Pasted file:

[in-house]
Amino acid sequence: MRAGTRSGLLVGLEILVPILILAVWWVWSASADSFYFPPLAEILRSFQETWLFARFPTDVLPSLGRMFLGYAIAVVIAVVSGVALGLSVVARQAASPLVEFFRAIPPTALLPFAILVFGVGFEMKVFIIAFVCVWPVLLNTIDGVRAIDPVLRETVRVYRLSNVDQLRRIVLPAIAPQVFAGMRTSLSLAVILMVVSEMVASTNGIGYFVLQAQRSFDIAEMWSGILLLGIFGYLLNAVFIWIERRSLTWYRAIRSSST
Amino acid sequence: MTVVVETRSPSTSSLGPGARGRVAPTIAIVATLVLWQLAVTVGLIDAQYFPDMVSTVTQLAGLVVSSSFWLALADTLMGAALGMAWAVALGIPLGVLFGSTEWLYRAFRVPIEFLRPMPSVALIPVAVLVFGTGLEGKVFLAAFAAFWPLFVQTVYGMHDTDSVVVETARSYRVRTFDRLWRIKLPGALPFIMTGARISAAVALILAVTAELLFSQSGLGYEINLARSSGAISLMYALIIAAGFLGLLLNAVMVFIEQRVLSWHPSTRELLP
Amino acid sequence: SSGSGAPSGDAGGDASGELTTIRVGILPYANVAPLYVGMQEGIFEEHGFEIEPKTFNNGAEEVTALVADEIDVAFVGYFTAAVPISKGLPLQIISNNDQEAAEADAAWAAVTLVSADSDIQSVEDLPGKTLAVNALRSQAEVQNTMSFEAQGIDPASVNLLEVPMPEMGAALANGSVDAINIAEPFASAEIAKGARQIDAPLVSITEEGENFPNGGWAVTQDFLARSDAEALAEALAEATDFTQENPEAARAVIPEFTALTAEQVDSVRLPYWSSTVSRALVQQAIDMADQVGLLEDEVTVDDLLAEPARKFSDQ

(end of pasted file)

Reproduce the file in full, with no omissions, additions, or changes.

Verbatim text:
[in-house]
Amino acid sequence: MRAGTRSGLLVGLEILVPILILAVWWVWSASADSFYFPPLAEILRSFQETWLFARFPTDVLPSLGRMFLGYAIAVVIAVVSGVALGLSVVARQAASPLVEFFRAIPPTALLPFAILVFGVGFEMKVFIIAFVCVWPVLLNTIDGVRAIDPVLRETVRVYRLSNVDQLRRIVLPAIAPQVFAGMRTSLSLAVILMVVSEMVASTNGIGYFVLQAQRSFDIAEMWSGILLLGIFGYLLNAVFIWIERRSLTWYRAIRSSST
Amino acid sequence: MTVVVETRSPSTSSLGPGARGRVAPTIAIVATLVLWQLAVTVGLIDAQYFPDMVSTVTQLAGLVVSSSFWLALADTLMGAALGMAWAVALGIPLGVLFGSTEWLYRAFRVPIEFLRPMPSVALIPVAVLVFGTGLEGKVFLAAFAAFWPLFVQTVYGMHDTDSVVVETARSYRVRTFDRLWRIKLPGALPFIMTGARISAAVALILAVTAELLFSQSGLGYEINLARSSGAISLMYALIIAAGFLGLLLNAVMVFIEQRVLSWHPSTRELLP
Amino acid sequence: SSGSGAPSGDAGGDASGELTTIRVGILPYANVAPLYVGMQEGIFEEHGFEIEPKTFNNGAEEVTALVADEIDVAFVGYFTAAVPISKGLPLQIISNNDQEAAEADAAWAAVTLVSADSDIQSVEDLPGKTLAVNALRSQAEVQNTMSFEAQGIDPASVNLLEVPMPEMGAALANGSVDAINIAEPFASAEIAKGARQIDAPLVSITEEGENFPNGGWAVTQDFLARSDAEALAEALAEATDFTQENPEAARAVIPEFTALTAEQVDSVRLPYWSSTVSRALVQQAIDMADQVGLLEDEVTVDDLLAEPARKFSDQ